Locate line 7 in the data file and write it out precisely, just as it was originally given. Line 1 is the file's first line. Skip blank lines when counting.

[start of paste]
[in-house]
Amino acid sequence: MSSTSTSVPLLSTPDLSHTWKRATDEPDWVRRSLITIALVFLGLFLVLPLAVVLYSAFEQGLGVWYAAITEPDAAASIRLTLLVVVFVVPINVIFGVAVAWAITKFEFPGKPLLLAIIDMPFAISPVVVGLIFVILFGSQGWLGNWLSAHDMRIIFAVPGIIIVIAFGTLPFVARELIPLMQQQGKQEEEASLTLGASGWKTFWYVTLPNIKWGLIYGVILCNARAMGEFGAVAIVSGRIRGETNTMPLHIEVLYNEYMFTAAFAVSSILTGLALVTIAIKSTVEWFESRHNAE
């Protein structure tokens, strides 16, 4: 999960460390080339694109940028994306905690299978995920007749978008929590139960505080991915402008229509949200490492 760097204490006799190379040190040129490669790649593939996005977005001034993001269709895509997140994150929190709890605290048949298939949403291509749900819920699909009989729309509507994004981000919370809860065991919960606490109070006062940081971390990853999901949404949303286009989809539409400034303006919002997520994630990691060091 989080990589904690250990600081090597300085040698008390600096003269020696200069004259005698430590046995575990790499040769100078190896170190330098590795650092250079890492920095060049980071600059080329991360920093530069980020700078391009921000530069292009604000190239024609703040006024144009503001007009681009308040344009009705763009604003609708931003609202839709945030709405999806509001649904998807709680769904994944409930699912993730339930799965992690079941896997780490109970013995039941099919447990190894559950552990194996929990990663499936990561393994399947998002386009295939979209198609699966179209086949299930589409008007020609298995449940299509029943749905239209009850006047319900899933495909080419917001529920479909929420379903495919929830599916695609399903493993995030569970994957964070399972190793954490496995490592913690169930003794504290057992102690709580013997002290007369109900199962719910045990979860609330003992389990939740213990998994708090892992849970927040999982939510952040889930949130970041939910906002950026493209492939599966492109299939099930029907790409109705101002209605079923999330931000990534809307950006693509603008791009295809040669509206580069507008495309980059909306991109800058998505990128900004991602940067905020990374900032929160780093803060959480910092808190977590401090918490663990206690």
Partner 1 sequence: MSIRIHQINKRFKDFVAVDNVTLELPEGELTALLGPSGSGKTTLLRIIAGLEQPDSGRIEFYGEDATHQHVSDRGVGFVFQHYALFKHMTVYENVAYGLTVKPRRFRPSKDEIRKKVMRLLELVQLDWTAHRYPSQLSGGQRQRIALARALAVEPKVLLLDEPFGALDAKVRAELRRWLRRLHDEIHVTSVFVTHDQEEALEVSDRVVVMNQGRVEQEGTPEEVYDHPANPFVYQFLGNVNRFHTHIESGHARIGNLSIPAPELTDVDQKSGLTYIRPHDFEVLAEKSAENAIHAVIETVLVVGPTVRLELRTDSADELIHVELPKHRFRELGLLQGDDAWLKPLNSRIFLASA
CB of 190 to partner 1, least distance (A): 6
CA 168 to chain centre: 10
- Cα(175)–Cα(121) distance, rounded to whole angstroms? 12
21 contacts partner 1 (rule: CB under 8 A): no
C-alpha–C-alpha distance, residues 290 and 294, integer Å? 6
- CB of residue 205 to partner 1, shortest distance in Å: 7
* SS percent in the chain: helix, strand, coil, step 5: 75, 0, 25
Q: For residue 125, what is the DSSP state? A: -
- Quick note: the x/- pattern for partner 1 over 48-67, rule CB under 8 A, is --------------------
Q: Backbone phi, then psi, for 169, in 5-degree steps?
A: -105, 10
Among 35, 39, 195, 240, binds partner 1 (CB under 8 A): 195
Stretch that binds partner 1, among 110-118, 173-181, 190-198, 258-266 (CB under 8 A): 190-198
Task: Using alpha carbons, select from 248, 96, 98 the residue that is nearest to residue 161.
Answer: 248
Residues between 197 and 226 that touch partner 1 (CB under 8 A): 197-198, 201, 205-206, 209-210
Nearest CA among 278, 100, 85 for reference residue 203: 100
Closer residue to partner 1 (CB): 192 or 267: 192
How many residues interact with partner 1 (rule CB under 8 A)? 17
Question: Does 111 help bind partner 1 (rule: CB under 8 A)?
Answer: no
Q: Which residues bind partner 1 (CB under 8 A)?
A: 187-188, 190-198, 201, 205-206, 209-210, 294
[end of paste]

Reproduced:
- Cα(175)–Cα(121) distance, rounded to whole angstroms? 12